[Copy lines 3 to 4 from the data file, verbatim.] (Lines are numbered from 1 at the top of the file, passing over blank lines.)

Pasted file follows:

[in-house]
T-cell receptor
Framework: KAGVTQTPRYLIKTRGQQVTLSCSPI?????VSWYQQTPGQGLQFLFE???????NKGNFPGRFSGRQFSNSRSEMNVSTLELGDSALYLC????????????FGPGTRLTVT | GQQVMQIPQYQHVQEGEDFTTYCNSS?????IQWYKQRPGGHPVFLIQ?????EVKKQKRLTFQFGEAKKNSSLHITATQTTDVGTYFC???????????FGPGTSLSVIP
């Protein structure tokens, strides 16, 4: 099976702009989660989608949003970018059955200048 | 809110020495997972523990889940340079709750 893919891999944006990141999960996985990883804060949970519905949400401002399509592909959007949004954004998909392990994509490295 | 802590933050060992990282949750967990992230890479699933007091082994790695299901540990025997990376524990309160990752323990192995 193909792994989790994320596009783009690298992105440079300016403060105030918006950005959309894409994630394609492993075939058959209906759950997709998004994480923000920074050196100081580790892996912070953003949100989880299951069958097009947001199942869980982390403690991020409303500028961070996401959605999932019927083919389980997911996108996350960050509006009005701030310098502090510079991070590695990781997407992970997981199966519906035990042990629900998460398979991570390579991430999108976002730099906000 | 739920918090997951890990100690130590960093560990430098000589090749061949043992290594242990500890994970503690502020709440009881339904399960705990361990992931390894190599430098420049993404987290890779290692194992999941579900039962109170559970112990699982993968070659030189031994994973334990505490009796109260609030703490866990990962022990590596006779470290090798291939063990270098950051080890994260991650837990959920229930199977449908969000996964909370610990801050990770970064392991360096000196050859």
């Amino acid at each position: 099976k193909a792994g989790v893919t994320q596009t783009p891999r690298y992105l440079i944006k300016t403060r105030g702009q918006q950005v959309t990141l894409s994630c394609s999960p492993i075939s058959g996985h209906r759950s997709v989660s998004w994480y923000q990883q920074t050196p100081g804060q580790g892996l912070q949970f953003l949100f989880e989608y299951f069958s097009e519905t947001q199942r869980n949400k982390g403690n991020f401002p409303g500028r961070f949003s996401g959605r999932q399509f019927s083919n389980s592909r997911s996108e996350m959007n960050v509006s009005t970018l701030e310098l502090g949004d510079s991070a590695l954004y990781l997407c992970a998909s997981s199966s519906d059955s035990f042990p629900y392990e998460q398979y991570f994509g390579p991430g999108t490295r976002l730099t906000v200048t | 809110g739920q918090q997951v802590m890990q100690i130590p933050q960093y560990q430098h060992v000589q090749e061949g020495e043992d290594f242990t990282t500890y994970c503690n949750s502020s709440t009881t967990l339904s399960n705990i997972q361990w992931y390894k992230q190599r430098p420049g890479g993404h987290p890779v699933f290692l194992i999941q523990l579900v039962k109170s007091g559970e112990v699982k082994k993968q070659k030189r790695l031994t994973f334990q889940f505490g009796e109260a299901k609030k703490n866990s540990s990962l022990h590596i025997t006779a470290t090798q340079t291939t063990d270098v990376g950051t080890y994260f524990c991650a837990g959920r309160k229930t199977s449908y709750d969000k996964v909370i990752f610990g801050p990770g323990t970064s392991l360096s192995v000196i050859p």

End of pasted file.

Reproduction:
Framework: KAGVTQTPRYLIKTRGQQVTLSCSPI?????VSWYQQTPGQGLQFLFE???????NKGNFPGRFSGRQFSNSRSEMNVSTLELGDSALYLC????????????FGPGTRLTVT | GQQVMQIPQYQHVQEGEDFTTYCNSS?????IQWYKQRPGGHPVFLIQ?????EVKKQKRLTFQFGEAKKNSSLHITATQTTDVGTYFC???????????FGPGTSLSVIP
């Protein structure tokens, strides 16, 4: 099976702009989660989608949003970018059955200048 | 809110020495997972523990889940340079709750 893919891999944006990141999960996985990883804060949970519905949400401002399509592909959007949004954004998909392990994509490295 | 802590933050060992990282949750967990992230890479699933007091082994790695299901540990025997990376524990309160990752323990192995 193909792994989790994320596009783009690298992105440079300016403060105030918006950005959309894409994630394609492993075939058959209906759950997709998004994480923000920074050196100081580790892996912070953003949100989880299951069958097009947001199942869980982390403690991020409303500028961070996401959605999932019927083919389980997911996108996350960050509006009005701030310098502090510079991070590695990781997407992970997981199966519906035990042990629900998460398979991570390579991430999108976002730099906000 | 739920918090997951890990100690130590960093560990430098000589090749061949043992290594242990500890994970503690502020709440009881339904399960705990361990992931390894190599430098420049993404987290890779290692194992999941579900039962109170559970112990699982993968070659030189031994994973334990505490009796109260609030703490866990990962022990590596006779470290090798291939063990270098950051080890994260991650837990959920229930199977449908969000996964909370610990801050990770970064392991360096000196050859």